Coastguard lookout extension plan by interior designer to Jamie Oliver and Nigella Lawson sparks Cromer footpath fears

A plan by a leading London interior designer to extend an iconic Cromer clifftop building has triggered fears that a footpath could be lost forever.

Emily Readett-Bayley, who bought the former lookout and gun tower on east cliff for �253,000 in October, wants to build a single-storey back extension with a glazed link and a replacement side extension.

Mrs Readett-Bayley, who paid more than double the �125,000 guide price for the building, runs Posh Graffiti, which supplies houseware to Harrods and numbers celebrity chefs Jamie Oliver and Nigella Lawson among its clients.

Her extension plan would involve re-routing a footpath - a move that is being opposed by the Open Spaces Society (OSS).

Ian Witham, the OSS local correspondent for the north Norfolk district, said the application, which proposes diverting footpath 11 onto a main path closer to the cliffs, would have a 'serious, permanent effect'.


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He said: 'The applicant proposes to build across the line of the path, and apparently to seek to permanently divert the line of footpath 11 onto that of an already well used path to the north.

'We feel that this would be tantamount to the permanent loss of footpath 11. There is no route onto which it appears to us that footpath 11 could reasonably be diverted and retain its current amenity value to the public.'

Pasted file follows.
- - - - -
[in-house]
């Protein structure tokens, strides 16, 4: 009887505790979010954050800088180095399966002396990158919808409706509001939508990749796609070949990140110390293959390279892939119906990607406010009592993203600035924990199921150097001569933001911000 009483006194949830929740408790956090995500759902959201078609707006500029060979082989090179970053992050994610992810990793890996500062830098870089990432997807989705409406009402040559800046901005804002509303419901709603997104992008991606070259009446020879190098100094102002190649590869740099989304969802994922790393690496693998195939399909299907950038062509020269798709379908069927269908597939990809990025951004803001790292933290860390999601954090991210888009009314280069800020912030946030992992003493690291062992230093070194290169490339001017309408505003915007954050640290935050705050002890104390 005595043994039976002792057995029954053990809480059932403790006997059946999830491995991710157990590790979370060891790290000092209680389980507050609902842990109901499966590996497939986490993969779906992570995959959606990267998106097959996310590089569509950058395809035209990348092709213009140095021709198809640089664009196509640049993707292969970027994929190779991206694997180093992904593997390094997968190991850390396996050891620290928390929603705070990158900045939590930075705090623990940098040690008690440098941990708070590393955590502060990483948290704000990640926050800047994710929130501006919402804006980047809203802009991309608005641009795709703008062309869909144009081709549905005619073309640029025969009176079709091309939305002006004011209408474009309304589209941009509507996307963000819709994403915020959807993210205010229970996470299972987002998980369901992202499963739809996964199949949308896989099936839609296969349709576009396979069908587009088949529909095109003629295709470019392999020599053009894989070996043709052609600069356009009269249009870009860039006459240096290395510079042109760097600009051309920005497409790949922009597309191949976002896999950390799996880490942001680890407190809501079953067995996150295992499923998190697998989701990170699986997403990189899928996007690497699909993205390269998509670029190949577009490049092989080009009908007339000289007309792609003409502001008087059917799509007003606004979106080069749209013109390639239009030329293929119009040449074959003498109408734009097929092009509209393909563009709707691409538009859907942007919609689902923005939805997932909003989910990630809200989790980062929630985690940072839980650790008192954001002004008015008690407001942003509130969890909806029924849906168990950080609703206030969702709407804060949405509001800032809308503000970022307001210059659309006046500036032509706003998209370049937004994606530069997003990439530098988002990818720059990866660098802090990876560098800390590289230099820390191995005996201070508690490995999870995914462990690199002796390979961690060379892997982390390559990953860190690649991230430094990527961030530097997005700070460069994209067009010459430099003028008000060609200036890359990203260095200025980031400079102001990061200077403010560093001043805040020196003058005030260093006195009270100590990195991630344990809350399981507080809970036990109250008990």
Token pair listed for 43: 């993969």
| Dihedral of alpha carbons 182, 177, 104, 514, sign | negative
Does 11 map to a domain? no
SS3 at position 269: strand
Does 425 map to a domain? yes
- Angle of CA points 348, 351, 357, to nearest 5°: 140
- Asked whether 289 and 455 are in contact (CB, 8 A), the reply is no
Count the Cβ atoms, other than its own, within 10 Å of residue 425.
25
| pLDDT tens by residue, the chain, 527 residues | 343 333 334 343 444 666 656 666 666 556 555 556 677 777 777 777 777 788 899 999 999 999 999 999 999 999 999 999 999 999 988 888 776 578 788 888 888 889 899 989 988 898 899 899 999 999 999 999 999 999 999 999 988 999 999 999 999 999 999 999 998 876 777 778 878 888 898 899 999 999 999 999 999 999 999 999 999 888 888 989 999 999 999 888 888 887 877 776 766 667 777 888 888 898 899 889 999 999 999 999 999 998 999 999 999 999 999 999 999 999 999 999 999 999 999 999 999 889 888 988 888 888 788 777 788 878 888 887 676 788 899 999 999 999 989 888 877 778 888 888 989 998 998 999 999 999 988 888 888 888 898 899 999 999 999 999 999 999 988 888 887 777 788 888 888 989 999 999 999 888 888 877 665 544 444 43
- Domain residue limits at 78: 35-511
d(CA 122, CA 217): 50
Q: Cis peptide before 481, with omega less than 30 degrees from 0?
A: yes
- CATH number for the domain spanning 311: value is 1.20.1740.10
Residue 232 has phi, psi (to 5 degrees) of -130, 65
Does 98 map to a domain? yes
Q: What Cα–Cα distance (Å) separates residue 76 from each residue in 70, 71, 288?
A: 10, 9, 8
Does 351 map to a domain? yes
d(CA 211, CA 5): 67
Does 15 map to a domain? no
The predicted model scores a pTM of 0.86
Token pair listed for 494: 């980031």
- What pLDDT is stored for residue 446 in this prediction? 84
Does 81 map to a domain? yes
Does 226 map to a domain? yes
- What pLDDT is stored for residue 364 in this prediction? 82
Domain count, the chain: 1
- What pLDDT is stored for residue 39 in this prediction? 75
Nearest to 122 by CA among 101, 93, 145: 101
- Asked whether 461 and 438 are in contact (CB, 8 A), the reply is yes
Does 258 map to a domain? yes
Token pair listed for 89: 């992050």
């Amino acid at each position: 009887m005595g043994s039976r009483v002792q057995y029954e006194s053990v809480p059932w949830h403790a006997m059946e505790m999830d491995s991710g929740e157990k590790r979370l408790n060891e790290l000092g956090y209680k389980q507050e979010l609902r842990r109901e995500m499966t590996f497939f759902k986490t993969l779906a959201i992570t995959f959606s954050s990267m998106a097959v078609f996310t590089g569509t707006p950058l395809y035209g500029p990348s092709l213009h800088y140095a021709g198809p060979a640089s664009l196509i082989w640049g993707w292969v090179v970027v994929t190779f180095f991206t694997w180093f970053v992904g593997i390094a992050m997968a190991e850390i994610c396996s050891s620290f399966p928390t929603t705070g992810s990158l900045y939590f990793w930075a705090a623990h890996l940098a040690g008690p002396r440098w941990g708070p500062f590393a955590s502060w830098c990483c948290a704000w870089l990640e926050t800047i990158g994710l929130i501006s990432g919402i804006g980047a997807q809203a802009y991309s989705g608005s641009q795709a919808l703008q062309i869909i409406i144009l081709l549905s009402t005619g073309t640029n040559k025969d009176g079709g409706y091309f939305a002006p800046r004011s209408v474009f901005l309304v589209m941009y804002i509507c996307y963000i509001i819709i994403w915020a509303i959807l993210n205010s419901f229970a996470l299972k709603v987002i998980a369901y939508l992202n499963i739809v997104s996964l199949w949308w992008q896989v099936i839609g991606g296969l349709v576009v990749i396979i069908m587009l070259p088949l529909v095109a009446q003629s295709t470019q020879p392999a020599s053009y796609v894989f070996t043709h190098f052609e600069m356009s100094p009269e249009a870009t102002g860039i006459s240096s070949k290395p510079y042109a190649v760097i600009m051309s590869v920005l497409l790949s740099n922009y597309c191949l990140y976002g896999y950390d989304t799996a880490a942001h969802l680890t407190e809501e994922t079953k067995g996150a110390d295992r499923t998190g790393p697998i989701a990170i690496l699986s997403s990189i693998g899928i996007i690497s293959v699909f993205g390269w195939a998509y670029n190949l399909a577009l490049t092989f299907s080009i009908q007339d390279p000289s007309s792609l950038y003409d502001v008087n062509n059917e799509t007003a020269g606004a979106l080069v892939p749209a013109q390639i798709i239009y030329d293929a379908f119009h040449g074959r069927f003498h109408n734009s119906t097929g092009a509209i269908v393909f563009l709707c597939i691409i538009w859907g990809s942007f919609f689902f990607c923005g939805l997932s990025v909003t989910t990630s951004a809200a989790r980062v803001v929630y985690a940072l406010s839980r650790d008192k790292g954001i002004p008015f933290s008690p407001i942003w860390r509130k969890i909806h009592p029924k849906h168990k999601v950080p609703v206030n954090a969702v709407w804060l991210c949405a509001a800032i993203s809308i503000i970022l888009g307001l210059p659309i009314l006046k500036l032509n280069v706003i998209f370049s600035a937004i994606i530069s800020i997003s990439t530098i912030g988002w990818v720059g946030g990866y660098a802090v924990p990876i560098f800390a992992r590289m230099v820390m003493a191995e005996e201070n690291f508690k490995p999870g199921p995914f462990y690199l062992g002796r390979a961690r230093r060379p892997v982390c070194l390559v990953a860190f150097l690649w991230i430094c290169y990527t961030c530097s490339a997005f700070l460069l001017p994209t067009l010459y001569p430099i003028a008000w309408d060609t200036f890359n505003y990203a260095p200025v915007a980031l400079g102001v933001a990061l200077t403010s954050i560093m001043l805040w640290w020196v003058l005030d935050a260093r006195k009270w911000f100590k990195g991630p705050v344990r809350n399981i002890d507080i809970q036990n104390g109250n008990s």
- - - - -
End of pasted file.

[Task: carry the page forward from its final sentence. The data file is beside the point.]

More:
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He also claimed the proposed extension would 'detract severely from the established character and appearance' of the building.

Mrs Readett-Bayley said it was a problem she had inherited when she bought The Lookout as the footpath predated the building. She said she had also taken the fencing down when asked to, so the part of the footpath through her property was now clear.

She said: 'The bit through my property is now clear but the rest of the footpath itself is quite overgrown. It is a very old footpath and it has been ignored for many years. I have inherited the problem, it has been going on quite a while.

'Hopefully it will be resolved in a favourable way so everybody is happy. It is now in the hands of the planners.'

In planning documents submitted with the application, which is currently under consultation, it states The Lookout is not a listed building and that the 'simple extension' would be used to create a larger living room and kitchen for the family living there.

It adds: 'The Lookout will remain almost entirely unaltered when seen from most strategic view points, in as much as it can be seen, due to its position flanked by mature trees to the south, east and west.'

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